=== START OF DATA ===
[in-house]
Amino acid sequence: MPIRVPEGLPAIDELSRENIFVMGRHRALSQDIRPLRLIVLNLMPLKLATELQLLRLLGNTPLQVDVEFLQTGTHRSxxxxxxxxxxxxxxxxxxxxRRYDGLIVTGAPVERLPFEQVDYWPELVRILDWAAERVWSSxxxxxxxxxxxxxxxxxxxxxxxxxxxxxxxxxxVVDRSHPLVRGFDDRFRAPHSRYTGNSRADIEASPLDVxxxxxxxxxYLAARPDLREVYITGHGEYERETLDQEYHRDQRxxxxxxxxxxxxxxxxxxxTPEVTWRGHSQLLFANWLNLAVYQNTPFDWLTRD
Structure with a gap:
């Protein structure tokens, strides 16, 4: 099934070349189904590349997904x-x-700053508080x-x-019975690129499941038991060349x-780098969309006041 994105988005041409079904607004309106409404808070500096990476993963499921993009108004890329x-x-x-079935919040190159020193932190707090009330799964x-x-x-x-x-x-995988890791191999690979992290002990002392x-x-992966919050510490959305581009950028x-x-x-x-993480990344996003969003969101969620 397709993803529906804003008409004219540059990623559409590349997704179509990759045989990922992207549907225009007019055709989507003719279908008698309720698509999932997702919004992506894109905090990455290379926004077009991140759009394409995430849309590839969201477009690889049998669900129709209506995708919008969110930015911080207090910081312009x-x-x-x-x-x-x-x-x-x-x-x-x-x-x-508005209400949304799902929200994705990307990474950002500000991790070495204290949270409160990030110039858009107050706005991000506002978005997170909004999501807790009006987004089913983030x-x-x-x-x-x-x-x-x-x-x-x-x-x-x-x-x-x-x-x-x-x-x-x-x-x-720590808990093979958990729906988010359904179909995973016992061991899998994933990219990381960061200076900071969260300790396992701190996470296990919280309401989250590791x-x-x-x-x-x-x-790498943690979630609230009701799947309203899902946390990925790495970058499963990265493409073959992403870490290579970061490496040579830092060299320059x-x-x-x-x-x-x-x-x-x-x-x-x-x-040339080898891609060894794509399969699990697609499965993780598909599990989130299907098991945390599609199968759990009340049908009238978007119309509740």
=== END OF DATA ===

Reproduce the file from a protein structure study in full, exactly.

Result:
[in-house]
Amino acid sequence: MPIRVPEGLPAIDELSRENIFVMGRHRALSQDIRPLRLIVLNLMPLKLATELQLLRLLGNTPLQVDVEFLQTGTHRSxxxxxxxxxxxxxxxxxxxxRRYDGLIVTGAPVERLPFEQVDYWPELVRILDWAAERVWSSxxxxxxxxxxxxxxxxxxxxxxxxxxxxxxxxxxVVDRSHPLVRGFDDRFRAPHSRYTGNSRADIEASPLDVxxxxxxxxxYLAARPDLREVYITGHGEYERETLDQEYHRDQRxxxxxxxxxxxxxxxxxxxTPEVTWRGHSQLLFANWLNLAVYQNTPFDWLTRD
Structure with a gap:
């Protein structure tokens, strides 16, 4: 099934070349189904590349997904x-x-700053508080x-x-019975690129499941038991060349x-780098969309006041 994105988005041409079904607004309106409404808070500096990476993963499921993009108004890329x-x-x-079935919040190159020193932190707090009330799964x-x-x-x-x-x-995988890791191999690979992290002990002392x-x-992966919050510490959305581009950028x-x-x-x-993480990344996003969003969101969620 397709993803529906804003008409004219540059990623559409590349997704179509990759045989990922992207549907225009007019055709989507003719279908008698309720698509999932997702919004992506894109905090990455290379926004077009991140759009394409995430849309590839969201477009690889049998669900129709209506995708919008969110930015911080207090910081312009x-x-x-x-x-x-x-x-x-x-x-x-x-x-x-508005209400949304799902929200994705990307990474950002500000991790070495204290949270409160990030110039858009107050706005991000506002978005997170909004999501807790009006987004089913983030x-x-x-x-x-x-x-x-x-x-x-x-x-x-x-x-x-x-x-x-x-x-x-x-x-x-720590808990093979958990729906988010359904179909995973016992061991899998994933990219990381960061200076900071969260300790396992701190996470296990919280309401989250590791x-x-x-x-x-x-x-790498943690979630609230009701799947309203899902946390990925790495970058499963990265493409073959992403870490290579970061490496040579830092060299320059x-x-x-x-x-x-x-x-x-x-x-x-x-x-040339080898891609060894794509399969699990697609499965993780598909599990989130299907098991945390599609199968759990009340049908009238978007119309509740």